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From Longman Dictionary of Contemporary Englishconciliationcon‧cil‧i‧a‧tion /kənˌsɪliˈeɪʃən/ noun [uncountable] formal  PPGARGUEthe process of trying to get people to stop arguing and agreereconciliation conciliation talks between the two sides
Examples from the Corpus
conciliationThree divisions are to he established to deal with conduct matters; compensation and inadequate professional services; and conciliation.Such a gesture of conciliation between conservatives and leftists would have been impossible just a few years ago.Groscost's incineration has shown Weiers the light of conciliation -- which means he's more likely to deal than bully.But his half-hour speech alternated rhetorical stick-waving with offers of conciliation.As a sign of conciliation, army troops were withdrawn from the area.In particularly weak cases the conciliation officer will go so far as to advise the applicant to withdraw the claim.Impartiality is a vital feature of the conciliation officer's role.Typically the conciliation officer will contact each party or their representatives to discuss the case.This conciliation is an effort to feed or sacrifice to an all-destructive force.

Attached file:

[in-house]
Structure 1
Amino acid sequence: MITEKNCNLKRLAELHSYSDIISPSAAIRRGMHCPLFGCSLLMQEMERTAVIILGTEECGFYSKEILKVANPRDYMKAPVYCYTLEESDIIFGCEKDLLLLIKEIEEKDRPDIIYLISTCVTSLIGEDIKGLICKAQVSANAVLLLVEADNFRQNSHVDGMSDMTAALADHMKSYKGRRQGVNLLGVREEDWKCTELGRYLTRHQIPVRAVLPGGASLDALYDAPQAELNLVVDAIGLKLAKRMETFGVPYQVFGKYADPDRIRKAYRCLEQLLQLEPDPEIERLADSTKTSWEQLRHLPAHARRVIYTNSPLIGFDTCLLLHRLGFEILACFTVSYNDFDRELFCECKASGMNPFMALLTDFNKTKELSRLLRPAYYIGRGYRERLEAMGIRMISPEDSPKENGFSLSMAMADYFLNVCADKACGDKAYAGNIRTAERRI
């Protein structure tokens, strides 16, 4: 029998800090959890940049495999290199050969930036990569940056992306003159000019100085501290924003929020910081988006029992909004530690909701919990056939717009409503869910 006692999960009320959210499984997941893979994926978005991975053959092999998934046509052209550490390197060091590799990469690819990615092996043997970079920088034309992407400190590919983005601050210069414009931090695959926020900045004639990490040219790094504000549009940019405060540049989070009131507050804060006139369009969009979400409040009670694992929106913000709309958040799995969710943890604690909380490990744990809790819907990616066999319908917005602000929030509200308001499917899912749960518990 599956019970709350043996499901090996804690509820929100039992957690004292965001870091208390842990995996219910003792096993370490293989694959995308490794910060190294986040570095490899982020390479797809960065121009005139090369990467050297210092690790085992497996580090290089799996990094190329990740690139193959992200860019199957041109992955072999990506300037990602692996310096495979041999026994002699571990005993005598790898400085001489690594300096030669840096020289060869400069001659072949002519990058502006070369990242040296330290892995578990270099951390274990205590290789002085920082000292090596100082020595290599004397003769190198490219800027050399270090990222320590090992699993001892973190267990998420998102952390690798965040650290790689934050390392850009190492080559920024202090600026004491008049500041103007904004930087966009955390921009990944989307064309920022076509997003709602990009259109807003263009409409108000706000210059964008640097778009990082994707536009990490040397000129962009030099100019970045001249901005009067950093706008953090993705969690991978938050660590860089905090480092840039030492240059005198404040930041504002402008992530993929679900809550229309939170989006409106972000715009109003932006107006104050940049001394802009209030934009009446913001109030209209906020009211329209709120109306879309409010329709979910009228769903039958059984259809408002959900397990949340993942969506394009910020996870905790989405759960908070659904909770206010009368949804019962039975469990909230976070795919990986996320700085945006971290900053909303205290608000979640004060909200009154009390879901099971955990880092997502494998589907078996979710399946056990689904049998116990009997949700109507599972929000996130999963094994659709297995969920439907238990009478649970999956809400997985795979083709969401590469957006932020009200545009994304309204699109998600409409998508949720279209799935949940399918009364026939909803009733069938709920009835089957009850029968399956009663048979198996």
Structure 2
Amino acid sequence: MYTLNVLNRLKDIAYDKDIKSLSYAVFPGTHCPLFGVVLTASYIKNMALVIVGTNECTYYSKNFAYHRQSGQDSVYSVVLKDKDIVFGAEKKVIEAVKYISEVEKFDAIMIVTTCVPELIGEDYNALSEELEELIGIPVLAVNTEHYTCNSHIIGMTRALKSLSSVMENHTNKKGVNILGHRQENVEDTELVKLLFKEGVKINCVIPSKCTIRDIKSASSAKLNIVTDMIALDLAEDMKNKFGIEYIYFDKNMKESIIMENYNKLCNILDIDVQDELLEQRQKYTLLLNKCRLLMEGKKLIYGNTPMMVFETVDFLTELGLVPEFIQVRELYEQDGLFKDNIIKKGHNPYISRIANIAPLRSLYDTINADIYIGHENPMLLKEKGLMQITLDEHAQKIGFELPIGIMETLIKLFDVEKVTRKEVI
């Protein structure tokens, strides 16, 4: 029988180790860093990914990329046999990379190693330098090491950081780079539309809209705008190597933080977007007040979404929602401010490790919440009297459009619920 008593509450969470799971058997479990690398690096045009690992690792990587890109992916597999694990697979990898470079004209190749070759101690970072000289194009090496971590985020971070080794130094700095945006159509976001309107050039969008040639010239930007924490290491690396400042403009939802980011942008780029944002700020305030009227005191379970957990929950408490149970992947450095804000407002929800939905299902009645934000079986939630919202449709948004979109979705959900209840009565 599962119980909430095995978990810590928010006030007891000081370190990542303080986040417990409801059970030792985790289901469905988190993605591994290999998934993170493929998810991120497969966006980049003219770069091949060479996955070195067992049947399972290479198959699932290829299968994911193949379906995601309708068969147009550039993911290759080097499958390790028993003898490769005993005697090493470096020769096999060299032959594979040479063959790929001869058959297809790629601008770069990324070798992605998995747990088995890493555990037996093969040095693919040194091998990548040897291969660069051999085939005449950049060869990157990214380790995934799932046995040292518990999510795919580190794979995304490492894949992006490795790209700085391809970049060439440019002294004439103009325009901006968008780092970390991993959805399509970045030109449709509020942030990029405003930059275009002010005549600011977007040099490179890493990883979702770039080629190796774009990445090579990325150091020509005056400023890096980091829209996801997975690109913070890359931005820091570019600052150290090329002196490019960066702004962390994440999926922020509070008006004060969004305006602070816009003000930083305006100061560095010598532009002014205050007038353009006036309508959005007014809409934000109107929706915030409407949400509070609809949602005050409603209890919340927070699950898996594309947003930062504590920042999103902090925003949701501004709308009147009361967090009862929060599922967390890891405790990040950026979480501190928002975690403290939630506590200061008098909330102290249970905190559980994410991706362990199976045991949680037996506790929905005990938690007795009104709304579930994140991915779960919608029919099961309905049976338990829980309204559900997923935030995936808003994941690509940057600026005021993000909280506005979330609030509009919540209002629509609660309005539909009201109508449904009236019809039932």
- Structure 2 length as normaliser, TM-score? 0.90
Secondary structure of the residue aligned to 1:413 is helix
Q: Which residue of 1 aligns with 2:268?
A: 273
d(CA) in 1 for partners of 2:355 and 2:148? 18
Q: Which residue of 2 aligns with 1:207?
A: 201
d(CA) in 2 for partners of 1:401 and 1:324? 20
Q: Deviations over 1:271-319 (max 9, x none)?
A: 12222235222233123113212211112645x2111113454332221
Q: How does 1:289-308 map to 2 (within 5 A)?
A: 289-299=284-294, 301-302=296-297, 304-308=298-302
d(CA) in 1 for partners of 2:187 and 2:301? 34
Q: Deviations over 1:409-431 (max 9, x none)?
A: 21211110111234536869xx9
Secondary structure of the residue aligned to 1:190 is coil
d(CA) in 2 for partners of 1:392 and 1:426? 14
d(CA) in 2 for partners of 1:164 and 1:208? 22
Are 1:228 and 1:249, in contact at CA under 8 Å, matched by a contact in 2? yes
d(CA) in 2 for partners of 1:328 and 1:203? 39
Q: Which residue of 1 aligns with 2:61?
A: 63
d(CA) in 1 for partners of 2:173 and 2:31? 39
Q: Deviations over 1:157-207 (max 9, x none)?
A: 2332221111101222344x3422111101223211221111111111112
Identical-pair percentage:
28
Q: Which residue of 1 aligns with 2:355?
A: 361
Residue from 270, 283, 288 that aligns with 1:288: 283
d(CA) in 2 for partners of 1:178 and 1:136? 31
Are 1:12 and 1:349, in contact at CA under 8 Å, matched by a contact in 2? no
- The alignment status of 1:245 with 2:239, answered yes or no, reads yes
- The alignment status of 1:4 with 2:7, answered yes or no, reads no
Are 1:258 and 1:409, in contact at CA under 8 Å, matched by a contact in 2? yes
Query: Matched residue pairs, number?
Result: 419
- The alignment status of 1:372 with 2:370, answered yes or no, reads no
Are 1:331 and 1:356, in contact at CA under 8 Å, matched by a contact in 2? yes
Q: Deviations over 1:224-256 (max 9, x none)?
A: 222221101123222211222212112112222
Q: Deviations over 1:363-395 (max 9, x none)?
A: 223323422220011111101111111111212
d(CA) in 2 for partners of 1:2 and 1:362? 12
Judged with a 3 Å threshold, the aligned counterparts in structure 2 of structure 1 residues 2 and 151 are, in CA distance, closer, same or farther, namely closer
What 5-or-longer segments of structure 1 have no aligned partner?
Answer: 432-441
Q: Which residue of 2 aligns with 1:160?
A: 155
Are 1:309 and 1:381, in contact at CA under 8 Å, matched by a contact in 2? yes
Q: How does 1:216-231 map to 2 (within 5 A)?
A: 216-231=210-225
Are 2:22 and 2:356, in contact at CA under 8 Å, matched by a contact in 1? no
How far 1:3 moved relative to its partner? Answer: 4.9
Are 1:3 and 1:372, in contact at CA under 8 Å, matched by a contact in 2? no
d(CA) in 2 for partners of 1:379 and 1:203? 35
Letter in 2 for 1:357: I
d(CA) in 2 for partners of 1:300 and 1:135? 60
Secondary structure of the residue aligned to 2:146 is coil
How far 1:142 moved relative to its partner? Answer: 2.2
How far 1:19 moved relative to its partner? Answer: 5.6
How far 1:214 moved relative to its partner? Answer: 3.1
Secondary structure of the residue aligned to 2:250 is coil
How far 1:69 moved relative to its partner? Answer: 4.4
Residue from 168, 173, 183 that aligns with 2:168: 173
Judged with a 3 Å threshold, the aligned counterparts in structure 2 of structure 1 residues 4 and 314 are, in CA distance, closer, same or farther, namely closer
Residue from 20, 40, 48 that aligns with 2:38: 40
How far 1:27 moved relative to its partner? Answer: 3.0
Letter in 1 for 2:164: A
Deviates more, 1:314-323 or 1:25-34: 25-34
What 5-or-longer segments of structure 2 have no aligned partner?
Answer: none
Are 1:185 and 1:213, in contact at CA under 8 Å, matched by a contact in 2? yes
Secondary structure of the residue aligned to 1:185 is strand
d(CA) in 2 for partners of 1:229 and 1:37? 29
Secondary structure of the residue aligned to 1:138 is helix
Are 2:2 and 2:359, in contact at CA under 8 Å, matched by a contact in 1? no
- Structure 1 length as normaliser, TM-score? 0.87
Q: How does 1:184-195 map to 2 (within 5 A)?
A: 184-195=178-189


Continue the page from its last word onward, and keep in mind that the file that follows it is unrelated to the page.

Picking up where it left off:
From Longman Business Dictionaryconciliationcon‧cil‧i‧a‧tion /kənˌsɪliˈeɪʃən/ noun [uncountable] HUMAN RESOURCES the process of getting an employer and employees who are involved in an argument to meet and discuss their differences, in the hope of ending the argumentProcedures for conciliation and mediation between the two sides of industry should be encouraged.the conciliation service ACAS see also ACASconciliator noun [countable]The government has appointed an official conciliator in a last attempt to bring the unions and management to the negotiating table.
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